You kept criticizing the "passion" and "emotion" over and over again in this review. I guess that just shows you how subjective music can really be, because I always considered those two aspects of Rosetta's music as phenomenal (this album included)

MeatSalad
August 23rd 2013



14193 Comments


This doesn't really read like a 2.5

Digging: Love - Forever Changes

Gwyn.
August 23rd 2013



14896 Comments


I think it's more like a 2.2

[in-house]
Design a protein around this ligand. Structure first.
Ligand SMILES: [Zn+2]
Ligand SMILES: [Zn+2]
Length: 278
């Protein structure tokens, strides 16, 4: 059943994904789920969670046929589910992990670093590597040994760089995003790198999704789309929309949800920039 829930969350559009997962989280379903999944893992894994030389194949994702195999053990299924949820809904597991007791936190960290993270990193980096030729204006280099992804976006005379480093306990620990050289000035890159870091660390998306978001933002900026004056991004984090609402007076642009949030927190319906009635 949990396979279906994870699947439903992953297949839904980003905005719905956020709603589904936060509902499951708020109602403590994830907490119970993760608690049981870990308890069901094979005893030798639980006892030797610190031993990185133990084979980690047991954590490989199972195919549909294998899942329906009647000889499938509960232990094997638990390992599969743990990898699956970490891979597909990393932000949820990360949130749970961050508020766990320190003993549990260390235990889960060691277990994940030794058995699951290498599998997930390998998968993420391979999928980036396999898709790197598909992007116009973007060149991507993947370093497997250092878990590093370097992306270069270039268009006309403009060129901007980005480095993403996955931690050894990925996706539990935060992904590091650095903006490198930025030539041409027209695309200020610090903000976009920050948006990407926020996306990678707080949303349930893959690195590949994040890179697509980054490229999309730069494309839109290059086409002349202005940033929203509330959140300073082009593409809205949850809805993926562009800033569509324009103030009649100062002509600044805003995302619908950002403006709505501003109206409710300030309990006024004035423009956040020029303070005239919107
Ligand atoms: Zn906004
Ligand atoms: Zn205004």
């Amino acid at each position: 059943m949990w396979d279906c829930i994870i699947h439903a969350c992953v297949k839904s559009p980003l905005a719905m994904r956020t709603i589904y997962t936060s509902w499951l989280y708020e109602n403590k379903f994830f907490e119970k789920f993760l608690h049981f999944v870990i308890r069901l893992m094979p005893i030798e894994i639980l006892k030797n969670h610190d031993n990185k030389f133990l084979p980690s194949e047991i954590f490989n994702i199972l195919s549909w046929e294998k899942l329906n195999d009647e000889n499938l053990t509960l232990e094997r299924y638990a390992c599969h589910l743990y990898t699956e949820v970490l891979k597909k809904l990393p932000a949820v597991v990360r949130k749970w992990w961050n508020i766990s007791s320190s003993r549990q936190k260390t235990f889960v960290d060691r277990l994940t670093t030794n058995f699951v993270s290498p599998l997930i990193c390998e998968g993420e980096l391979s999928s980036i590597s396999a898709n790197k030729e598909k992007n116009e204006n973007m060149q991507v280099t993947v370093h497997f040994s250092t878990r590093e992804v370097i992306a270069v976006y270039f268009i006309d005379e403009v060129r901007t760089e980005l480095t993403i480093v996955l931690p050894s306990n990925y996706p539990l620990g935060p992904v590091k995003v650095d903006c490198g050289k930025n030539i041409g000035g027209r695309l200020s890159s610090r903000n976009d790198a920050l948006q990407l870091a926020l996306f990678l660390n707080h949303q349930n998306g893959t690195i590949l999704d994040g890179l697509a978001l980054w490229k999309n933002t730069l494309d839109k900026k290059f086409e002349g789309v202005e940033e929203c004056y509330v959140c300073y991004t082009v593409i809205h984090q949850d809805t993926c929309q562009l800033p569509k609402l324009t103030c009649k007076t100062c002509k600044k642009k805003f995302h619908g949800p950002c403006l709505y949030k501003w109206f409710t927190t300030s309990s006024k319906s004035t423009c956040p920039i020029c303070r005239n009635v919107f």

johnnydeking29
August 23rd 2013



8987 Comments

Album Rating: 3.0

Solid review bro, I agree with pretty much all of it

Digging: Naked City - Radio

Wizard
August 23rd 2013



19223 Comments

Album Rating: 1.5

Album sucks so hard. Love the review dude. I've only ever liked The Galilean Satellites because of "Absent" and that's it.

Digging: Monarch - Sabbracadaver

CaptainDooRight
August 23rd 2013



28340 Comments


Nice rev.

Digging: IQ - The Road of Bones

Wizard
August 23rd 2013



19223 Comments

Album Rating: 1.5

Ignimbrite reviews are boss.

TheNexus100
August 23rd 2013



2499 Comments

Album Rating: 2.5

theyve gone downhill with every release